Ruger Wrangler (Single Action 22) Review
Ruger is a publicly traded American gun manufacturing company with many rifle, pistol and revolver SKUs. Since the 1950s, Rugger has been making single-action revolvers. They have a whole line going, including the Wrangler single action 22, which we’ll be looking into in this review. You’re going to learn about or more about the Wrangler 22’s design, ammo, and other aspects that are worth talking about.
But before that, let’s see why anyone would still be talking about revolvers in this day and age.
Why A Revolver?
You might ask why should someone talk about a revolver, not to consider buying it since we now have modern semi-automatic pistols with unmatched performance.
Though the first single-action revolvers made date back to the 1800s and seem a little bit antique, keep in mind that there are still modern calibers of these guns and they have their place this age too.
The practicality of revolvers makes them far from being antiques. They are, for example, good for hunting and target shooting. It’s no wonder they can be found in many modern hand gunners' arsenals. With revolvers’ use highlighted, let’s proceed with the Ruger Wrangler 22 review.
Ruger really did a good job in terms of design especially as they made the gun to budget. $300 retail price is not bad for a single action revolver of its “caliber.”
Digging a little deep into the design and pricing, there’s something worth mentioning. Though they often look simple in design, revolver pistols are generally expensive to produce compared to semi-automatic firearms.
They are pricier than semi-automatic rifles because revolvers require substantial engineering to get the design right and fine manufacturing tolerances for proper functioning. Revolvers are also produced from expensive elements such as steel, aluminum, titanium, and scandium.
With that said, one thing about the Ruger Wrangler design that makes the handgun affordable yet useful is the wise choice of materials. For example, the Wrangler 22 features cerakote finish which is less expensive to make than the deep cold bluing finish found on the RUGER Single-Six, assuming you’re familiar with that 1961 revolver. Plus the cerakote coating prevents the gun from moisture and corrosion.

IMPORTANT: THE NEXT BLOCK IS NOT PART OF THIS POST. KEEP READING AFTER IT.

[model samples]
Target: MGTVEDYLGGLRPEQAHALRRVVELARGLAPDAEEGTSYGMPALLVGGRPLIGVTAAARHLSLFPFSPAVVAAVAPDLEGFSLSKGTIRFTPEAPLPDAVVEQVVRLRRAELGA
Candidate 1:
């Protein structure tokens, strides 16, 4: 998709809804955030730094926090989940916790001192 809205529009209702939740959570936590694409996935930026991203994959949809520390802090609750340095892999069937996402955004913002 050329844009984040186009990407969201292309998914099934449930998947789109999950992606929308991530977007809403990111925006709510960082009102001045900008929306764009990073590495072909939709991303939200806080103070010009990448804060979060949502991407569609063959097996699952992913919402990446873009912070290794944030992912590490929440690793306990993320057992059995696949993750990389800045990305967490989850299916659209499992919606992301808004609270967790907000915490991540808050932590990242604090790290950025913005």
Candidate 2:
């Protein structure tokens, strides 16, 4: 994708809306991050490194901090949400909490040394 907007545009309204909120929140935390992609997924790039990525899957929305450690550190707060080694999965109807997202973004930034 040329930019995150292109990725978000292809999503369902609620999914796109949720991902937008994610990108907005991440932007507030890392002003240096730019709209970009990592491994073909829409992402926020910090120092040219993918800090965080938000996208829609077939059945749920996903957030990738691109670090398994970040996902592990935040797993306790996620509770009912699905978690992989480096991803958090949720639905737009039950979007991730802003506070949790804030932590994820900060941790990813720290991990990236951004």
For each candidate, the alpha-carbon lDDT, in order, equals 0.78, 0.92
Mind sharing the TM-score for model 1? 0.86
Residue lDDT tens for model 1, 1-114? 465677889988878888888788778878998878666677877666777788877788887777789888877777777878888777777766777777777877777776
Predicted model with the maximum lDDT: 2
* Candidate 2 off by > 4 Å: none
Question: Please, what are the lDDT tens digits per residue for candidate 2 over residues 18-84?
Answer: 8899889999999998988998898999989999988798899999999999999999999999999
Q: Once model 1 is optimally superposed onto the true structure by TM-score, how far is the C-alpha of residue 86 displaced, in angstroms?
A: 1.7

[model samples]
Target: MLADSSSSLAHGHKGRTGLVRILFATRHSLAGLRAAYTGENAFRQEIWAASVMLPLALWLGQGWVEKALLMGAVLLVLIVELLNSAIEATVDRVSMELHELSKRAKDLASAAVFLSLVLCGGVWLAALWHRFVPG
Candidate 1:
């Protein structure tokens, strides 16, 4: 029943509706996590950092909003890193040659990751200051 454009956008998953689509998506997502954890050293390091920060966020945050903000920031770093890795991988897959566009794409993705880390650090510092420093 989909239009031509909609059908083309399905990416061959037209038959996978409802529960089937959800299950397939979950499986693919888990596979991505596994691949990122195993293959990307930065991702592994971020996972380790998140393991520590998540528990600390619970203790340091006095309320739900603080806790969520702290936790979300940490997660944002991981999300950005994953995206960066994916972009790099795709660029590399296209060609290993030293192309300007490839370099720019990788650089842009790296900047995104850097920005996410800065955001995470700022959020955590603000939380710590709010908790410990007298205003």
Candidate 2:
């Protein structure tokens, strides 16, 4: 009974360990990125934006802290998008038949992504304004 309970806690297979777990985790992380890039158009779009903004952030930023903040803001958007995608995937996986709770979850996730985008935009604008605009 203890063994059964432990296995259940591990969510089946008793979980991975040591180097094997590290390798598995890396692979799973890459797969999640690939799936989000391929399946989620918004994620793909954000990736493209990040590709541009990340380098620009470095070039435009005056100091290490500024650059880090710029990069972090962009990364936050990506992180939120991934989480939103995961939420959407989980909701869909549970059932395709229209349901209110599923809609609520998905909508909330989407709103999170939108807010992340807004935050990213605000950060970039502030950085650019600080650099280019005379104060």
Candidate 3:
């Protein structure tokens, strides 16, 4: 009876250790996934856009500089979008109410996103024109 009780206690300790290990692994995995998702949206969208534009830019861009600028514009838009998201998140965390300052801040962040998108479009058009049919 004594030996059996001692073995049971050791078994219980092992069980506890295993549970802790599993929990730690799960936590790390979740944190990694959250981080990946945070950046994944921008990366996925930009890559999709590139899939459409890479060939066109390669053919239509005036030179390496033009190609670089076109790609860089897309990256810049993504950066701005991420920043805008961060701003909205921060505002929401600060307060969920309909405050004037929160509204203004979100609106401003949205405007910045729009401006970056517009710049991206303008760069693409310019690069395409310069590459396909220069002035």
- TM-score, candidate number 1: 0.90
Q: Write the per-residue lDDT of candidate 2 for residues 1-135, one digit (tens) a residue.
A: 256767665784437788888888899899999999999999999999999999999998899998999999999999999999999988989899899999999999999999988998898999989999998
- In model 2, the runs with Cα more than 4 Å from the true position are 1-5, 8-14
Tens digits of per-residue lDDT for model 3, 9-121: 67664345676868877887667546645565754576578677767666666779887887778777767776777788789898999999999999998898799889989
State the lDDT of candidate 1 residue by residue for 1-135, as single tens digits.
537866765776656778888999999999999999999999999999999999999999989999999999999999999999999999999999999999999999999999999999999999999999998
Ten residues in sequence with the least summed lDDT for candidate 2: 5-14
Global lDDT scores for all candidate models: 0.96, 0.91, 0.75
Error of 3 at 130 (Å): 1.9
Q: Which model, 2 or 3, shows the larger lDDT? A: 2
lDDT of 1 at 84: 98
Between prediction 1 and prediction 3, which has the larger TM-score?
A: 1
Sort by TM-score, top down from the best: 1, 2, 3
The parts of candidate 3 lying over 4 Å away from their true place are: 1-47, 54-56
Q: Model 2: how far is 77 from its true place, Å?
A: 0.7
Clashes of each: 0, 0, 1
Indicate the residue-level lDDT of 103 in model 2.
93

Another thing that made this Ruger option modern and cheap is the finish on the receiver. It has an aluminum cast alloy receiver which costs less to produce. Talking about the cylinder, it’s non-fluted, making it cheaper to produce too than the 1961 Single-Six that has a fluted cylinder design. Both the cylinder and barrel of the Wrangler 22 are steel, with the barrel being cold hammer-forged steel.
Unlike the Single-Six that does require you to pull the hammer back twice to spin the cylinder and doesn’t spin the other direction, the Wrangler 22 “fully cocks” and rotates to both sides. The latter feature is a plus considering you can quickly spin anticlockwise or counterclockwise to get to a loaded chamber.
While the trigger is thin in the Single-Six edition, the Wrangler 22 edition has a thicker trigger.
You can use this Ruger single-action revolver to shoot almost anything, including snake shot cartridge and .22 caliber (5.6 mm) rimfire ammunition. The handgun will not make a great option for a self or home defense firearm, but you can take it with you for spotlighting or backpacking where and when appropriate.
If you’re looking for something more reliable and that qualifies as a defense weapon, you may want to check out the Ruger 57, which is a semi-automatic pistol. Just like most revolvers, the Ruger Wrangler is a 6 shooter, meaning its cylinder is chambered for 6 rounds.
Weight and Size, Grip, and Barrel
The Ruger Wrangler measures 1.142 pounds and 10.25 inches in length. Its handgrip is lightweight and features a zinc alloy finish. Overall, the grip is nice and comfortable to deal with so to speak.
With a low-felt recoil and low muzzle blast, it’s just a lot of fun to shoot with the Ruger Wrangler.
This revolver isn’t picky. It will shoot pretty much anything you put in it. The Winchester Super-X 22 LR is great ammo for the Ruger Wrangler. You can shop all the best 22 LR ammo here.
At less than $300 at a local gun shop, the Ruger Wrangler is a lot cheaper than the Single-Six which has a cost range of $700 to $800. For backpacking and those that would be going for hunting, the Wrangler is something to have in the arsenal, though it’s not advisable to make it a primary firearm or depend on it.
Did you own a Ruger Wrangler single-action revolver? If yes, let us know what you feel about the revolver’s design and performance in the comments.